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State investigators refuse to open criminal case over Russian journalist’s self-immolation
Source: Kommersant

The Nizhny Novgorod Region’s branch of the Investigative Committee has refused to launch a criminal case on incitement or inducement to suicide over the death of local journalist Irina Slavina, who self-immolated on October 2.

The lawyer for Slavina’s family, Alexander Karavaev, told the newspaper Kommersant that a state investigator signed the order on November 2, but the family was only informed on November 13. The document says that the investigator “didn’t see any objective evidence” that would confirm the elements of a crime. 

The independent journalists’ union demanded the initiation of a criminal investigation into the circumstances surrounding Slavina’s death on the grounds that “the reason for Irina’s suicide was the continuous persecution and pressure on the journalist by government security structures.” 

The day before her suicide, Slavina’s apartment was searched in connection with a criminal investigation into the activities of an “undesirable organization.” The Investigative Committee’s order maintains that the law enforcement officials involved in the search “behaved correctly.”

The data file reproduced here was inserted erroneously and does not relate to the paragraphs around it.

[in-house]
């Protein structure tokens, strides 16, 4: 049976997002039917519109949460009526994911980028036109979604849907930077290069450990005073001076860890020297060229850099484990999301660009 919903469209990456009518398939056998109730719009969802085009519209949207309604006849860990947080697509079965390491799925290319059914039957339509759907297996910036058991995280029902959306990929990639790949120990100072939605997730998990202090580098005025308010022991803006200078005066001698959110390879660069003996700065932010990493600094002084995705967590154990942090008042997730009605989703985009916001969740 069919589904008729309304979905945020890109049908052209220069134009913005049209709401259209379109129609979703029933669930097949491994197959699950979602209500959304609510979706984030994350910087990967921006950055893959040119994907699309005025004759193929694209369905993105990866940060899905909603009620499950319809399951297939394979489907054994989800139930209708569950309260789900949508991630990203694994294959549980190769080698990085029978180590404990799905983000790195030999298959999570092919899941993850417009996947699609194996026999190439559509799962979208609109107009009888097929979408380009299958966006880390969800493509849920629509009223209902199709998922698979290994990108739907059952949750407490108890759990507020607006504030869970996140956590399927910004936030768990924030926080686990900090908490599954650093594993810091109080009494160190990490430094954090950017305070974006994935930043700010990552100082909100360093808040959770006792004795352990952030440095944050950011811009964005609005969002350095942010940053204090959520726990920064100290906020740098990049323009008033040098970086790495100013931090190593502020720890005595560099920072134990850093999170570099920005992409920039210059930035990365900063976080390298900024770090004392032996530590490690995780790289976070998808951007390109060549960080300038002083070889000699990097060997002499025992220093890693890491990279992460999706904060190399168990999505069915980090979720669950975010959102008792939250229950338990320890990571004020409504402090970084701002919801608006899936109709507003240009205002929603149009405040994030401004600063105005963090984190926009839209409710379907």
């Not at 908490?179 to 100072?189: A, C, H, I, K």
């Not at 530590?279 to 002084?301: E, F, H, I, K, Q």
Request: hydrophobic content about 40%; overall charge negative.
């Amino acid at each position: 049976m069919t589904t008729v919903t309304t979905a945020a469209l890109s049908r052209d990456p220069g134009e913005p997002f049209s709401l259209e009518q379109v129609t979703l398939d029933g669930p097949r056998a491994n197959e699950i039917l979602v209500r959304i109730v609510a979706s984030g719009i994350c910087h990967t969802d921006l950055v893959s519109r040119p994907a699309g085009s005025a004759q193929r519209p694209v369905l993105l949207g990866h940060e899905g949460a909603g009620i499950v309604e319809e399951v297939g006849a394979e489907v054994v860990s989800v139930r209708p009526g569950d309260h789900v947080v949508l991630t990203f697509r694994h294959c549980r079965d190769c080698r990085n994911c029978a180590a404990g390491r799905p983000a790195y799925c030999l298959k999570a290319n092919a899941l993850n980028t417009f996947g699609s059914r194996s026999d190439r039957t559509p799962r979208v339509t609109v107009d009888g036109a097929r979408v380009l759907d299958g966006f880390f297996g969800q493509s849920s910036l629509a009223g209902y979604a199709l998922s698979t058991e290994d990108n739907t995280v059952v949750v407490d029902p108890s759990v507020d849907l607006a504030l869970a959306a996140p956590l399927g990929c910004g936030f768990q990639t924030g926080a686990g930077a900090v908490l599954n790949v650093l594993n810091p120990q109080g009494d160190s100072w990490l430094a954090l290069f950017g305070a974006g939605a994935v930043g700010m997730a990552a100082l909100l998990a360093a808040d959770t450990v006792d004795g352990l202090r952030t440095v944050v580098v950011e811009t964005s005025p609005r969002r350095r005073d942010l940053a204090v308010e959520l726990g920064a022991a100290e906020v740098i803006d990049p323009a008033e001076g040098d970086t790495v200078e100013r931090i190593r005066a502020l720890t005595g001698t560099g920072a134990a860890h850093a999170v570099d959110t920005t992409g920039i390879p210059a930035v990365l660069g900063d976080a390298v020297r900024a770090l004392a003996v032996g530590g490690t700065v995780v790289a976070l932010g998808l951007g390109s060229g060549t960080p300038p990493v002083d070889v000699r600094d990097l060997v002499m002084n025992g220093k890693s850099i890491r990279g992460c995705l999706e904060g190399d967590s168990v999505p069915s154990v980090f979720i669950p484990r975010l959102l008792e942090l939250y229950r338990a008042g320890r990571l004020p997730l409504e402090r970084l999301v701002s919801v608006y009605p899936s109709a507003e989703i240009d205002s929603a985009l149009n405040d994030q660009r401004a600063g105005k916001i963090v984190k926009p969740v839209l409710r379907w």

At the same time, lawyer Alexander Karavaev claims that the Investigative Committee’s investigation is still ongoing and the Head of the Investigative Department, Vladimir Karpukhin, is preparing to annul the refusal to open a criminal case. “But there is no documentary confirmation of his words yet,” Karavaev told Kommersant.

Irina Slavina was a well-known journalist in Nizhny Novgorod and the editor-and-chief of Koza.Press, an online outlet covering politics and corruption in the region. On October 2, she wrote on Facebook: “For my death, please blame the Russian Federation.” Moments later, she set fire to herself outside of the local police headquarters. She died of her injuries on the scene.

According to friends and colleagues, Slavina faced constant pressure from the authorities over the past few years; she was also fined on multiple occasions for speaking out about sensitive topics on Facebook, as well as for her participation in public demonstrations and for various Koza.Press publications.

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